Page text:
Since we’re looking at a long term bond, there’s a rising “term premium” in play. That’s the additional yield investors’ demand for holding longer-term securities as opposed to just rolling over a series of shorter term securities. If investors believe the economy is gaining steam, they incur “interest rate risk” when locking their money up in a long-term bond, as new issuances with higher yields come onto the market. The term premium is one way bond buyers try to insulate themselves from that risk.

There’s also evidence that all those asset purchases by the Fed reduced term premiums–that was their point–so as the Fed tapers off their assert buys, the term premium should rise.

Expected inflation can also push up yields. But I’m all in with Krugman on this one, as inflation expectations remain well-anchored, as per the Cleveland Fed’s monthly estimates.

That leaves, as noted above, the Fed themselves. We’ll know a bit more about the central bank’s thoughts on all this later next week, including new projections and the connect-the-dots graphs regarding the board’s thoughts about when to expect lift off on rates. But expectations have been a bit more hawkish and that too is nudging on yields.

So I think a rising term premium and expectations regarding higher short term rates as the era-of-zero winds down are pushing up the ten year, and while one never knows, and barring negative shocks, I expect that trend to at least mildly persist.

 

10yr_fri

Source: MarketWatch

Friday Musical Interlude: BBK!

September 12th, 2014 at 9:07 am

Could it be that I’ve never featured BB King in a musical interlude…unforgivable! Here’s the man gettin’ down to bizness with Lucille (that’s his guitar’s name) and here’s his great explanation as to why he sings the blues. Both of these are from an album–as in vinyl–that I got in 1969!…now get the hell off my lawn!

Whatever made us break up, baby, I don’t know til today
But if it was my fault, I swear I’ll change my ways!

What we would do if we wanted to reduce America’s excessive share repurchasing problem.

September 11th, 2014 at 6:14 pm

You’ve hopefully heard about, if not read, this revealing analysis by William Lazonick on the sharp rise in public corporations using their profits to boost their share price through stock buybacks as opposed to re-investment.

I won’t summarize the findings, as Harold Meyerson amply does so here. As he writes:

From the end of World War II through the late 1970s major U.S. corporations retained most of their earnings and reinvested them in business expansions, new or improved technologies, worker training and pay increases. Beginning in the early ’80s, however, they have devoted a steadily higher share of their profits to shareholders.

Lazonick looked at the 449 companies listed every year on the S&P 500 from 2003 to 2012. He found that they devoted 54 percent of their net earnings to buying back their stock on the open market…they devoted another 37 percent of those earnings to dividends. That’s a total of 91 percent of their profits that America’s leading corporations targeted to their shareholders, leaving a scant 9 percent for investments, research and development, expansions, cash reserves or, God forbid, raises.

What I wanted to tackle here is a question someone asked me the other day: what could be done about this significant problem of underinvestment in the long-term in the interest of boosting near-term share prices, stock options, and stock-based CEO pay?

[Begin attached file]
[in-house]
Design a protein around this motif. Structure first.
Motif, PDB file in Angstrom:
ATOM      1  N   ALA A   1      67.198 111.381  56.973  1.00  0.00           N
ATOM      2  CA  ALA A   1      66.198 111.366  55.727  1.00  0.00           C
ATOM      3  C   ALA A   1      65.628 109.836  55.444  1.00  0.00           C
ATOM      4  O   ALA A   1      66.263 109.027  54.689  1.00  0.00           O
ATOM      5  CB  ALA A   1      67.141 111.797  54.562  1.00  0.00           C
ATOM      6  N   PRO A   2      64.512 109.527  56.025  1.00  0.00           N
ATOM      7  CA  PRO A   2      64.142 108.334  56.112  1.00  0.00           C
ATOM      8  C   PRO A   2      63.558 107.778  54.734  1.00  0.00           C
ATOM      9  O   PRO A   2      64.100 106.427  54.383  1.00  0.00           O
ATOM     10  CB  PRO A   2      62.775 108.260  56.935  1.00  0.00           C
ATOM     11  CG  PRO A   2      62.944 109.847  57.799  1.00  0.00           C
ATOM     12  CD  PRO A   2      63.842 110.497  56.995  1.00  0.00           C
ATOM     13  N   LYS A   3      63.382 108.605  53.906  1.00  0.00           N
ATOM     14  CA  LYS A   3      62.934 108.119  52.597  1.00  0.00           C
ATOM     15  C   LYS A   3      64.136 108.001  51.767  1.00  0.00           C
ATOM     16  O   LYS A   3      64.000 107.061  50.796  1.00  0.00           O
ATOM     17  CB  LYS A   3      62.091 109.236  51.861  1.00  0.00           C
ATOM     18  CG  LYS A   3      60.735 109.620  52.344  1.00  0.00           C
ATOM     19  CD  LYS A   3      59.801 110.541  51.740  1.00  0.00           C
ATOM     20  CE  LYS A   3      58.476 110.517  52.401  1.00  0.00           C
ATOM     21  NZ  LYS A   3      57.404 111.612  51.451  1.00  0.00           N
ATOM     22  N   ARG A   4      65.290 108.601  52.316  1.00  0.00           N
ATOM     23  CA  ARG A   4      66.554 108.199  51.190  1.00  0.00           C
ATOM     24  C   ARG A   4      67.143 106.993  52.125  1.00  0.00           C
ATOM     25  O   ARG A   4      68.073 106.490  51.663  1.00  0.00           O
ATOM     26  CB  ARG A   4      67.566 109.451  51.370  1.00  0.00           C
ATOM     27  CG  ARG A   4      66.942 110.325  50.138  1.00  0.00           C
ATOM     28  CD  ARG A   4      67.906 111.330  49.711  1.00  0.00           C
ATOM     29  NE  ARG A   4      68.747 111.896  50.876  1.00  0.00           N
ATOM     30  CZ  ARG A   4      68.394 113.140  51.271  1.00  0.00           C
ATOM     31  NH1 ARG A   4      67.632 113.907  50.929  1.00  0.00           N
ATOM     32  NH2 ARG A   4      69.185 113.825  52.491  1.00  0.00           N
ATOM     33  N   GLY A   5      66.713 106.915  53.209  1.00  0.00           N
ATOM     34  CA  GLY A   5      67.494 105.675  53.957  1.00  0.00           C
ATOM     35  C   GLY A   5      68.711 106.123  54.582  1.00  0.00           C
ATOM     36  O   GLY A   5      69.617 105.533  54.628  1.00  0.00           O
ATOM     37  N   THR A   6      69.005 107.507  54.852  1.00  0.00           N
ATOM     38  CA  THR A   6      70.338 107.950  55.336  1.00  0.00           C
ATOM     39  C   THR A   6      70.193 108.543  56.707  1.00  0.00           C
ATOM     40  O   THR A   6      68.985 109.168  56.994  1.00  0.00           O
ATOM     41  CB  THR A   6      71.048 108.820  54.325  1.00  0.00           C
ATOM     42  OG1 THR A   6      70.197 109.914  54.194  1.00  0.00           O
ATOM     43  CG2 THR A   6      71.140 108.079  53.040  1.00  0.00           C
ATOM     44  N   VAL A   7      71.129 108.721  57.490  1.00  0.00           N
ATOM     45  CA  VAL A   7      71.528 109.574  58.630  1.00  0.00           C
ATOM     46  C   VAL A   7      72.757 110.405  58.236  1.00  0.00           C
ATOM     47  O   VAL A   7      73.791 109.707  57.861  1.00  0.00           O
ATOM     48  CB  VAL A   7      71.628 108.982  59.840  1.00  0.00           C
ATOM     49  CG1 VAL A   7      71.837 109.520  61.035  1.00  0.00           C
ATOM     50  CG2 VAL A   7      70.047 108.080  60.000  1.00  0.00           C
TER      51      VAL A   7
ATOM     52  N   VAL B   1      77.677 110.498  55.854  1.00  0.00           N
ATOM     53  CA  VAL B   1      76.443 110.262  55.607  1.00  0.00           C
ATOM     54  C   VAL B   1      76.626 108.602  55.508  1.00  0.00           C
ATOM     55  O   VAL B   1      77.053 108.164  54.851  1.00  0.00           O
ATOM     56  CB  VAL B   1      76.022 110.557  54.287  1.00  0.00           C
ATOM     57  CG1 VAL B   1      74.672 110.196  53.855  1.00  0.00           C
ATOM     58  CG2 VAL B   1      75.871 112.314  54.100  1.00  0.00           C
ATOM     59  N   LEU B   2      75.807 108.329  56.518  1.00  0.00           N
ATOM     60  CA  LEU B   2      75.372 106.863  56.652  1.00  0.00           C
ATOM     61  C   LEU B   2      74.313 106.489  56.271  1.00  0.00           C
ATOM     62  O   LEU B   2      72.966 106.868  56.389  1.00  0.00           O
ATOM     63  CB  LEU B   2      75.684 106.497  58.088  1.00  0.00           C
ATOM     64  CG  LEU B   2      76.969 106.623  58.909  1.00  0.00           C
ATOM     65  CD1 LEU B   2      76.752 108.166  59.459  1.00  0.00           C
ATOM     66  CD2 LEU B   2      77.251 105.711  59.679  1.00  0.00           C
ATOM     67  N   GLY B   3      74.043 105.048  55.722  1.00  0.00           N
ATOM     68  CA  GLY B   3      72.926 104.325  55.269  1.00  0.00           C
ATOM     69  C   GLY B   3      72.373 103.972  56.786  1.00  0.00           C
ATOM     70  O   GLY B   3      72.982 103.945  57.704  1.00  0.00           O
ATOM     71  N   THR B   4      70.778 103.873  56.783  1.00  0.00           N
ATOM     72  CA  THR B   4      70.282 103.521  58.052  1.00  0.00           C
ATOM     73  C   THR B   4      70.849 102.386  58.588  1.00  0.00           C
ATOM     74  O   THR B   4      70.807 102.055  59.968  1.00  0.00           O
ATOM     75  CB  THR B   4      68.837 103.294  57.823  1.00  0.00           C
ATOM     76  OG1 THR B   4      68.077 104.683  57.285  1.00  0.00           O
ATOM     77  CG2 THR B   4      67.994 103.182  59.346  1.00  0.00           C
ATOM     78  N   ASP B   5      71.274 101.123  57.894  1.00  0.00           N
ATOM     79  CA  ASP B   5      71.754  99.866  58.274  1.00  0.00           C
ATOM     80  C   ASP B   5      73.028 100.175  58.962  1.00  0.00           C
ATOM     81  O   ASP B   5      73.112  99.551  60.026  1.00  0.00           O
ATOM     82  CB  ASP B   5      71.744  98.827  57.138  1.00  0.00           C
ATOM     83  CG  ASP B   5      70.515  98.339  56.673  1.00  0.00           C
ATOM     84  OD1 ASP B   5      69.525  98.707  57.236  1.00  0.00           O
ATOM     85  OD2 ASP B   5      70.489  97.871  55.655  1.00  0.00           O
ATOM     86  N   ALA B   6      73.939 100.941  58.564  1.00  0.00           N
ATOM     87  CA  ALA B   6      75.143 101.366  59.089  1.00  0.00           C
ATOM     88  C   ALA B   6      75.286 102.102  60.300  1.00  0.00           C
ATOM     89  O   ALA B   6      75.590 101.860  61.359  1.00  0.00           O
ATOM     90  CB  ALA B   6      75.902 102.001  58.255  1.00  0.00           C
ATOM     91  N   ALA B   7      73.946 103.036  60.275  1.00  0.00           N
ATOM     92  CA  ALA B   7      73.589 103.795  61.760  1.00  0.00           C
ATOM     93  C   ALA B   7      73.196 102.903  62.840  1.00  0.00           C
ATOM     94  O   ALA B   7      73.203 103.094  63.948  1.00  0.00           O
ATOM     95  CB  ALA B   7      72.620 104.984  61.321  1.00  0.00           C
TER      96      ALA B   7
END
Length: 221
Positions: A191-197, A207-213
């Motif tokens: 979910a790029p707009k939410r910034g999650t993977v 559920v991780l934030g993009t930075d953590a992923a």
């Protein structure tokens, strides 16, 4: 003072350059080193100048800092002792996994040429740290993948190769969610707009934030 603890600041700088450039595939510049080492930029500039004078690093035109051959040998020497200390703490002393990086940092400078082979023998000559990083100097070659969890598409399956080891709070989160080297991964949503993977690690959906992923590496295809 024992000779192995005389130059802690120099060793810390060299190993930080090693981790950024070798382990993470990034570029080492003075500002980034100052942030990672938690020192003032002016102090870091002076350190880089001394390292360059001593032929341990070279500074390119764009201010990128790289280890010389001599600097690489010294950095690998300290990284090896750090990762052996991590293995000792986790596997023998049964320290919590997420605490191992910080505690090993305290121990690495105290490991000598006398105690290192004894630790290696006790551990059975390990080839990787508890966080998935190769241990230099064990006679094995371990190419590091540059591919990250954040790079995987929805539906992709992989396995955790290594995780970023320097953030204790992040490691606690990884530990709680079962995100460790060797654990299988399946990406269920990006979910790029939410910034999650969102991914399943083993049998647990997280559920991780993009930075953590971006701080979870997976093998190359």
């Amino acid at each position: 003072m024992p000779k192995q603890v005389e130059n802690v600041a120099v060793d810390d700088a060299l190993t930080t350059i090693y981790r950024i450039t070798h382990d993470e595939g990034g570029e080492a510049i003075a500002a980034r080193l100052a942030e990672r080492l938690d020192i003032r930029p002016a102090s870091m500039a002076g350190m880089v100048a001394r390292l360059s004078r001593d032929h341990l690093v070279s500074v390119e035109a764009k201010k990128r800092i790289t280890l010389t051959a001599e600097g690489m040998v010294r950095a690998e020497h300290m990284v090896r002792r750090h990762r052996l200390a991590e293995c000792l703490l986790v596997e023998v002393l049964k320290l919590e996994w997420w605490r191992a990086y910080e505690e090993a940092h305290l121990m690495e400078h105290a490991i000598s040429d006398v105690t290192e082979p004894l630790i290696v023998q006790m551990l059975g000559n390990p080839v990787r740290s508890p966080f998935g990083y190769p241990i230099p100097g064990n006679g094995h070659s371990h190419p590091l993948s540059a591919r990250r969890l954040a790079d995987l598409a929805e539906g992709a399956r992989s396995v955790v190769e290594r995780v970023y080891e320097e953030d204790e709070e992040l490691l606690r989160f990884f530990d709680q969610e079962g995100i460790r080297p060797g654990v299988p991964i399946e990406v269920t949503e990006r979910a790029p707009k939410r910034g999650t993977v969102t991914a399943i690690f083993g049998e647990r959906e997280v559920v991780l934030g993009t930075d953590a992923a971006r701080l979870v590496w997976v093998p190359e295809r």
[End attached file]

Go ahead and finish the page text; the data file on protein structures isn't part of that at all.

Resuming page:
Lazonick offers three ideas.

First, change back the SEC rule that facilitated the growth of stock repurchases. Back in the early 1980s the SEC gave corporate leaders the permission to repurchase large amounts of their companies’ outstanding shares, with only nominal oversight against stock price manipulation. Lazonick suggests the SEC change the rule back to sharply limit allowable repurchases.

Second, put some restrictions on stock-based compensation. For example, implement a six-month holding period for exercised stock options so executives can’t immediately flip shares when a buyback spikes the price.

Third, implement corporate governance changes that give some different stakeholders seats on the board, like worker representatives. This is a common German practice, and their corporations certainly plough more profits back into their companies than ours do (though this is but one of many difference in governance and corporate culture).

I’d add: do not provide government subsidies and tax breaks to companies that engage in large scale and frequent open market repurchases (as opposed to “tender offers,” which tend to be smaller, less frequent, and more benign). If the best use you can think of for your retained earnings is dividend payouts and share buybacks, why should the taxpayer subsidize your R&D or equipment purchases?

Pfizer and other American drug companies defend their patents and profits by saying how essential they are for research. Yet from 2003-12, they spent 146% (!) of their net income on dividends and buybacks. I should also note here that Pfizer paid 3% of its worldwide income in taxes in 2012. If reading that makes you feel like a tax-paying chump who neglected to get lawyered up, join the club.

Finally, the fact that tax rates on dividends and capital gains are lower than those on ordinary income exacerbates this problem.

And no, none of these sorts of changes are likely to occur anytime soon. But when you think about how these regulatory and tax issues have facilitated this short-sighted trend—one which exacerbates inequality and slows investment-led growth—you get an important insight into ways policy changes shape economic outcomes.